Independence and the Development of the American Identity and Mathematics in the Ninteenth Century

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During the 1800s, we find the theme of independence, or freedom from outside constraints, in the development of two different frontiers. We find it in the American West through Manifest Destiny, freedom from caste, and in the chance that homesteaders had to acquire virtually free land. We find independence in math through in the building of stronger theoretical foundations, non-Euclidean geometries, and Cantor's infinities.

Independence involves breaking from the commonly accepted, traditional views in order to explore the new. It is not necessarily individual people working alone. We can see independence in a community of thought as well as in the work of a single person.

Independence is an important part of the Western culture as
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In the 1880s, Hulda Rocell and her daughter Mary emigrated from Sweden to the United States. Abe Lincoln had just been shot. Mr. Rocell had to stay in Sweden because of his tuberculosis. Nevertheless, Mr. Rocell said, "Go to the United States. It is strong enough that Lincoln's assassination will not plummet the nation into chaos." Although he did not place this optimism under the title of Manifest Destiny, the idea that the United States is strong, and will continue despite opposition, is a part of this concept.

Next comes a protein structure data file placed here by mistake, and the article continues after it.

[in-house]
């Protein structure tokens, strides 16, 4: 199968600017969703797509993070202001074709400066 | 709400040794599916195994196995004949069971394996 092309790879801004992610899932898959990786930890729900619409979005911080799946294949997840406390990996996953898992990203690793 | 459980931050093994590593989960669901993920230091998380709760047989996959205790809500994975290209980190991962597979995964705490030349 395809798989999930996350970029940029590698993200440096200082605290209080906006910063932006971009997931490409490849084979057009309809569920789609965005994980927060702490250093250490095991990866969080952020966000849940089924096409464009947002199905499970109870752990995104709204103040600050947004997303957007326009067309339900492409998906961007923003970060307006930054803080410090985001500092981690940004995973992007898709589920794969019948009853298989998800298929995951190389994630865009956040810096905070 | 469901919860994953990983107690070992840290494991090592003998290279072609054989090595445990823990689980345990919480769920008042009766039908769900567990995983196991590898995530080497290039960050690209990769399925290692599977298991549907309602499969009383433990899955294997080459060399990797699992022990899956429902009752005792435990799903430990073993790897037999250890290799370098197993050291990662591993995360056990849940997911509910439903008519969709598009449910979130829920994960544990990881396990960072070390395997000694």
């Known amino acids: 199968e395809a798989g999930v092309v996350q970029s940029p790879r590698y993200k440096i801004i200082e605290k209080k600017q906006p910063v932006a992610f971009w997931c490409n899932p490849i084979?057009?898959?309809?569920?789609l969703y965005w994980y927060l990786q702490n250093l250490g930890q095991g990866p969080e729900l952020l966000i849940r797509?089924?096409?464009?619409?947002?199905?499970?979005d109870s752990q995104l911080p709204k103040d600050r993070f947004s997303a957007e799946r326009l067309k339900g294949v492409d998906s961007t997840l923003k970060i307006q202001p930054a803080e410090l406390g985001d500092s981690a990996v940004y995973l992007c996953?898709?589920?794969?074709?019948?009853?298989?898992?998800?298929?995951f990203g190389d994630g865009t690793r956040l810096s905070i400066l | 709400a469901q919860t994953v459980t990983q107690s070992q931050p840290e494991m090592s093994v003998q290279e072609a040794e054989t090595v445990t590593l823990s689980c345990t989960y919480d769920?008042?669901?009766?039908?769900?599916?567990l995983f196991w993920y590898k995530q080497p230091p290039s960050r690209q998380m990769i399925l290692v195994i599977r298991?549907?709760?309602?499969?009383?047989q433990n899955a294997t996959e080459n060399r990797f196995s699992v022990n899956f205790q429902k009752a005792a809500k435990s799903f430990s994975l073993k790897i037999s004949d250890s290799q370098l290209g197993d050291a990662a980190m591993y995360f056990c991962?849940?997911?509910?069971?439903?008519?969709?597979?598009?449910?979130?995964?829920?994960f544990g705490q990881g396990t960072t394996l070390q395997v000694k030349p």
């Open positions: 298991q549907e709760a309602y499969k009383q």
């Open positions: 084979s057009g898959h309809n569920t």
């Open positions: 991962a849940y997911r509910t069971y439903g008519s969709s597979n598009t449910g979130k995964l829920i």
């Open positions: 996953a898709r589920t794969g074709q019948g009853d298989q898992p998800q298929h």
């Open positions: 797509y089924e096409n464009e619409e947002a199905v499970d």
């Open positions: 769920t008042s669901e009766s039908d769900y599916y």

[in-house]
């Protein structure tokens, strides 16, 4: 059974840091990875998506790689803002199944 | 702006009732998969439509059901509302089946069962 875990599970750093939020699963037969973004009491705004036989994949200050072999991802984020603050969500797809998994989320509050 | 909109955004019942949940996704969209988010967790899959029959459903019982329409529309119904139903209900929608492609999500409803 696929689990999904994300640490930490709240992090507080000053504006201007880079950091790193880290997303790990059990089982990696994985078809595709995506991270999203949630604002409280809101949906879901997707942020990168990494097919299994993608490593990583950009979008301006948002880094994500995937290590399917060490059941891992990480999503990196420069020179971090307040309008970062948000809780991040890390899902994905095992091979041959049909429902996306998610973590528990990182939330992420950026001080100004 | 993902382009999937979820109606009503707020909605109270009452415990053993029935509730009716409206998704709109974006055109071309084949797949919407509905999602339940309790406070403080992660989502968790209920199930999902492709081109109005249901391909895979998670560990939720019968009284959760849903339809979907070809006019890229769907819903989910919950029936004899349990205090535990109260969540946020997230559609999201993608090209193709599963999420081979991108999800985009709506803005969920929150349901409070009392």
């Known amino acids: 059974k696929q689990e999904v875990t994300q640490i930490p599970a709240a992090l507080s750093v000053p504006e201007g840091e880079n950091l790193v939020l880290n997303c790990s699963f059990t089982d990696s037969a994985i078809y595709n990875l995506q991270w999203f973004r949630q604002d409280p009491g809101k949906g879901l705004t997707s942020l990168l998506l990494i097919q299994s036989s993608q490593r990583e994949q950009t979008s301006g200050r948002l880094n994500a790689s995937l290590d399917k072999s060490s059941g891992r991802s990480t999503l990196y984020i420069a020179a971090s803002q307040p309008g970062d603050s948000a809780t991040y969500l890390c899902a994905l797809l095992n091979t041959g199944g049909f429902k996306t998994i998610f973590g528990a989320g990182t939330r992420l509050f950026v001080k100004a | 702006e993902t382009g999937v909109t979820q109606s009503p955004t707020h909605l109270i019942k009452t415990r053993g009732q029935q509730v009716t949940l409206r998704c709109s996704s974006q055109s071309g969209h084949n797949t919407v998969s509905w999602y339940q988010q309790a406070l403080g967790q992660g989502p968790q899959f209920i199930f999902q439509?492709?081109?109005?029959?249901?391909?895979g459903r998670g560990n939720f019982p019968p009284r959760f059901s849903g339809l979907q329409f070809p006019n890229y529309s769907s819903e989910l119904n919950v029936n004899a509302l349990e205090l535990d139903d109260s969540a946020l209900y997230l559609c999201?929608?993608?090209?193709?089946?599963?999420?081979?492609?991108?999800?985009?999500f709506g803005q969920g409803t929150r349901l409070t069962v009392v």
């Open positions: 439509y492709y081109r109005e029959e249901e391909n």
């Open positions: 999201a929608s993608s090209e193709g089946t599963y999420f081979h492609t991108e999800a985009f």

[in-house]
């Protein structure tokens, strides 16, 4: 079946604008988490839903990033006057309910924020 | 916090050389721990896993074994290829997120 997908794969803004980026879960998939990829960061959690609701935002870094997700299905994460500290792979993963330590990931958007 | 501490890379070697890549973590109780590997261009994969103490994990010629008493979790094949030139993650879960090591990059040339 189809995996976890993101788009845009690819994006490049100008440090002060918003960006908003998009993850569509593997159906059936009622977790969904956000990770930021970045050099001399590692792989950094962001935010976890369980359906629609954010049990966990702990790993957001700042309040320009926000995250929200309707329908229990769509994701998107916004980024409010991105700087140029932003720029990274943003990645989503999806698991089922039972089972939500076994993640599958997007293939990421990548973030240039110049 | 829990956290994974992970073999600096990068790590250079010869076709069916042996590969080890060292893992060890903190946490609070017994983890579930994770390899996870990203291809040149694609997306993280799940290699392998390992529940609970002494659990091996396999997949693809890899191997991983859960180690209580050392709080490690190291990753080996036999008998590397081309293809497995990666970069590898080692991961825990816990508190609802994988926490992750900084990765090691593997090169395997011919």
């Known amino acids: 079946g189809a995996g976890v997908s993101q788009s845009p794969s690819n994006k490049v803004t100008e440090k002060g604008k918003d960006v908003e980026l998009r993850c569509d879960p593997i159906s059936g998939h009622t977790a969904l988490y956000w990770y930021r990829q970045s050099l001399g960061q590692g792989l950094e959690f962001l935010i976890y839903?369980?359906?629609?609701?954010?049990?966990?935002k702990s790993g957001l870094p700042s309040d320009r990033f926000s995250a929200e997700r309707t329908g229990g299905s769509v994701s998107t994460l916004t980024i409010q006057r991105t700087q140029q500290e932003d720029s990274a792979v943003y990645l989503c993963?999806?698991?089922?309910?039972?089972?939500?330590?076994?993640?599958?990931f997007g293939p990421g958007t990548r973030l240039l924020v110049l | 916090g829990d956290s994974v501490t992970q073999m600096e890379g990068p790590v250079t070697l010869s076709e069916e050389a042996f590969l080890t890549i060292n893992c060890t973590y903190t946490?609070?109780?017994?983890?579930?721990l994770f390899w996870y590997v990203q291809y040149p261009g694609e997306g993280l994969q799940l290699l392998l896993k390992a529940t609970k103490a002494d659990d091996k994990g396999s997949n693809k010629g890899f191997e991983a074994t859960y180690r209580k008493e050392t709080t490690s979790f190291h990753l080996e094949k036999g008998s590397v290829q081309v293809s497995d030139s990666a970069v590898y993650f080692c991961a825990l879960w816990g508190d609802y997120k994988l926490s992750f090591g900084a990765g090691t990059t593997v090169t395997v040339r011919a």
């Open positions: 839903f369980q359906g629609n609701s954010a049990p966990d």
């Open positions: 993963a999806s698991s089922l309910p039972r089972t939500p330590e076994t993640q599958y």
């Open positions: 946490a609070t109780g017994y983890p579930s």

Hulda married, and her family settled in a sod house in northern Minnesota. Her husband showed independence and determination for the family to survive by planting fruit trees on the farm. It was highly unusual to attempt to plant fruit trees that far north.

The family's independent spirit, and courage was a vital part of surviving in the harsh conditions they encountered. In 1881, there was a terrible blizzard. The snow was so high that it covered the fence posts. Father tied a rope around his waist and the porch post to tend the animals in a nearby shed, so that he would not get lost in the blizzard. However, many neighbors froze to death right outside their own front doors. During the storm, the wind blew the door of the sod house open. The younger children got in the trundle bed to keep warm, while the parents and older children shoveled snow out of the house for the rest of the day, so that they could shut the

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